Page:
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Observations: The sound of silents

Alfred Hitchcock's close collaborations with soundtrack composers are the stuff of movie legend, but the accompaniment to one of his early works is shrouded in mystery.

In 1929, Blackmail was one of the first British talkies, though with sound yet to catch on, producers ordered its director to also make a silent version. And despite Hitchcock's interest in the dramatic possibilities of music, experts have no record of what the music for this work sounded like.

"We don't even have the cue cards," says Neil Brand, a long-standing piano accompanist to pre-sound films who collaborated with Paul Merton on the comedian's Silent Clowns touring show. Yet Brand will not be performing this weekend at a rare screening of the silent version of the film. Instead, he has composed a score to be performed by the 82-strong BBC Symphony Orchestra.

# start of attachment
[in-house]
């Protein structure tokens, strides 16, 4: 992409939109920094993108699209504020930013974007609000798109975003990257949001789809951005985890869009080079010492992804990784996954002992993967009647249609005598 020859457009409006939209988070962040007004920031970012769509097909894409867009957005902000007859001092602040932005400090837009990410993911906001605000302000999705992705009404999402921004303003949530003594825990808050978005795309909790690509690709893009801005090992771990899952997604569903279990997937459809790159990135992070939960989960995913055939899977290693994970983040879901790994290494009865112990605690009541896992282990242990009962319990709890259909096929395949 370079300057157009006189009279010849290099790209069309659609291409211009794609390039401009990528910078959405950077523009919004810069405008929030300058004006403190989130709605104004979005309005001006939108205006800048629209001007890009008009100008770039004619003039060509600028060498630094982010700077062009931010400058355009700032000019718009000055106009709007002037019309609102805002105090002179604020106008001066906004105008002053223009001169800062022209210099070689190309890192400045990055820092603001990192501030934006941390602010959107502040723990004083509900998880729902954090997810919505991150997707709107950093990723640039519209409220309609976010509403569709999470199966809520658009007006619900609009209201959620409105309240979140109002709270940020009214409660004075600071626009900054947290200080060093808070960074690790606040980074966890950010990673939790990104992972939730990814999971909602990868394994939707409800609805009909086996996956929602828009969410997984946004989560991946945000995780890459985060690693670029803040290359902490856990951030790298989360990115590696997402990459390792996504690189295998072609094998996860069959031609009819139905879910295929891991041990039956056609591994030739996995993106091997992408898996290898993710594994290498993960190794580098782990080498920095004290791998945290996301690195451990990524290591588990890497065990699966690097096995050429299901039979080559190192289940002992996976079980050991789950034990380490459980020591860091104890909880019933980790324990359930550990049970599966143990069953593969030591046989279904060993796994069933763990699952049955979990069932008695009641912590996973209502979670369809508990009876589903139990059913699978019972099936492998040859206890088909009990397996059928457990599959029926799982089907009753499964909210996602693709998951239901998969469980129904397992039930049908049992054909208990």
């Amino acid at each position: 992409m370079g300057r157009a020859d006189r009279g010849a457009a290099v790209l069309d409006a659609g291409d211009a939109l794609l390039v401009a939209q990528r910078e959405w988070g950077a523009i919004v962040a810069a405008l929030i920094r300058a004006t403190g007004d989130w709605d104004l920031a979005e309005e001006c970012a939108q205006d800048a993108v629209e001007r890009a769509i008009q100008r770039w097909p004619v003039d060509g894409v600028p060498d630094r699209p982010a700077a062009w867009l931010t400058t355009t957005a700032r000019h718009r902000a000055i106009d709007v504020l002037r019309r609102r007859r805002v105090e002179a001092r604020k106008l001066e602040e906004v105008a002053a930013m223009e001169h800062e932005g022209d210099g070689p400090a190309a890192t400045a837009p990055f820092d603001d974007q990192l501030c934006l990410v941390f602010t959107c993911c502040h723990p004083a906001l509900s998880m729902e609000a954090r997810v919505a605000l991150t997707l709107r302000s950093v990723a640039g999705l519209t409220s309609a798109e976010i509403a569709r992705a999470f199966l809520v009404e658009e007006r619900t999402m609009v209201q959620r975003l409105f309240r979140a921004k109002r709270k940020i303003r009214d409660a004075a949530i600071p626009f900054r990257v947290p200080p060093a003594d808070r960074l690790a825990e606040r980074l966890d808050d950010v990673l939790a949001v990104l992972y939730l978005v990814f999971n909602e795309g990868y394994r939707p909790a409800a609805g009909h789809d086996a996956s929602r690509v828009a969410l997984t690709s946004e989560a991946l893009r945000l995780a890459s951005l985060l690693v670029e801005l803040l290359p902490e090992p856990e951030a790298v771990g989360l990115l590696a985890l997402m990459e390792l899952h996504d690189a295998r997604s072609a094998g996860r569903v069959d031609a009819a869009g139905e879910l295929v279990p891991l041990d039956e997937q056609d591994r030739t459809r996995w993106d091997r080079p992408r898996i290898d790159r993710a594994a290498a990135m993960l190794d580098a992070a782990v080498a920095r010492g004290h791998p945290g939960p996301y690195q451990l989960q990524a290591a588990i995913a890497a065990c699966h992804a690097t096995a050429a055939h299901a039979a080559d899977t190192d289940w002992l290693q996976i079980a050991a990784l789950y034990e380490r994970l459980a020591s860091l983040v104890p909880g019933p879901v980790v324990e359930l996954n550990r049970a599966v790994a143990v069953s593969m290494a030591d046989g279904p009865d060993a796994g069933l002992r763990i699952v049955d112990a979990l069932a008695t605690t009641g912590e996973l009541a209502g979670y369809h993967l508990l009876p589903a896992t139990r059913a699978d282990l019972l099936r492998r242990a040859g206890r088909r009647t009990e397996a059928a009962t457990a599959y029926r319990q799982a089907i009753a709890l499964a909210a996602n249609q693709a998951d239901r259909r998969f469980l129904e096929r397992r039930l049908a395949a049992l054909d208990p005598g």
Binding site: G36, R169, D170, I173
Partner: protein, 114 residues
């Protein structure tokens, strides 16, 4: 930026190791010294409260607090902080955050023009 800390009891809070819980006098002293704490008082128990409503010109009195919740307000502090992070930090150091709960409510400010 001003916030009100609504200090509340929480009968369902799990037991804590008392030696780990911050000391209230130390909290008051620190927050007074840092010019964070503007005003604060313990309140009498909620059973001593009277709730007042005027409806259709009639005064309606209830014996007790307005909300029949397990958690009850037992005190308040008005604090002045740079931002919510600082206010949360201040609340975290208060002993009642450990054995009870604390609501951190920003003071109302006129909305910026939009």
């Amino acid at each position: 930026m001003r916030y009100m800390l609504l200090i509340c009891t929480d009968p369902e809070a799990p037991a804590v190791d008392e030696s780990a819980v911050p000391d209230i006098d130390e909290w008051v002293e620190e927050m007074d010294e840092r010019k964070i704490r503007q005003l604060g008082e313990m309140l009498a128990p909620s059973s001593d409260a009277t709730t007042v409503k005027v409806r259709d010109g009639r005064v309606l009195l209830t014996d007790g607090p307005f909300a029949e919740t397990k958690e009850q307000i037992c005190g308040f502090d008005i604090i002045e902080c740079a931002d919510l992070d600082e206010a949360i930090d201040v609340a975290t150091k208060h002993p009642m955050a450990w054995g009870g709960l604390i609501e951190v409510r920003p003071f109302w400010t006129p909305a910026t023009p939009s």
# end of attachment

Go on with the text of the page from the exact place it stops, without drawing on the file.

His aim is to devise for this obscure part of the great Alfred's oeuvre the sort of lush orchestration and dramatic invention that accompanied the likes of Psycho and North by Northwest.

"I wanted to give it the Hollywood treatment," Brand explains. "Bernard Herrmann and all those other great composers took a similar approach: dark, complex, but with beautiful, soaring melodies."

Sunday's screening also features an introduction by the bequiffed film pundit Mark Kermode and a post-concert Q&A with Brand and the broadcaster Francine Stock, as befits a landmark event.

Normally, these shows feature much smaller ensembles. The composer reckons this is the first UK silent drama to enjoy a full orchestral score since sound came in.

Alfred Hitchcock's 'Blackmail' is screened at the Barbican, London EC2 (www.barbican.org.uk) 8pm, 31 October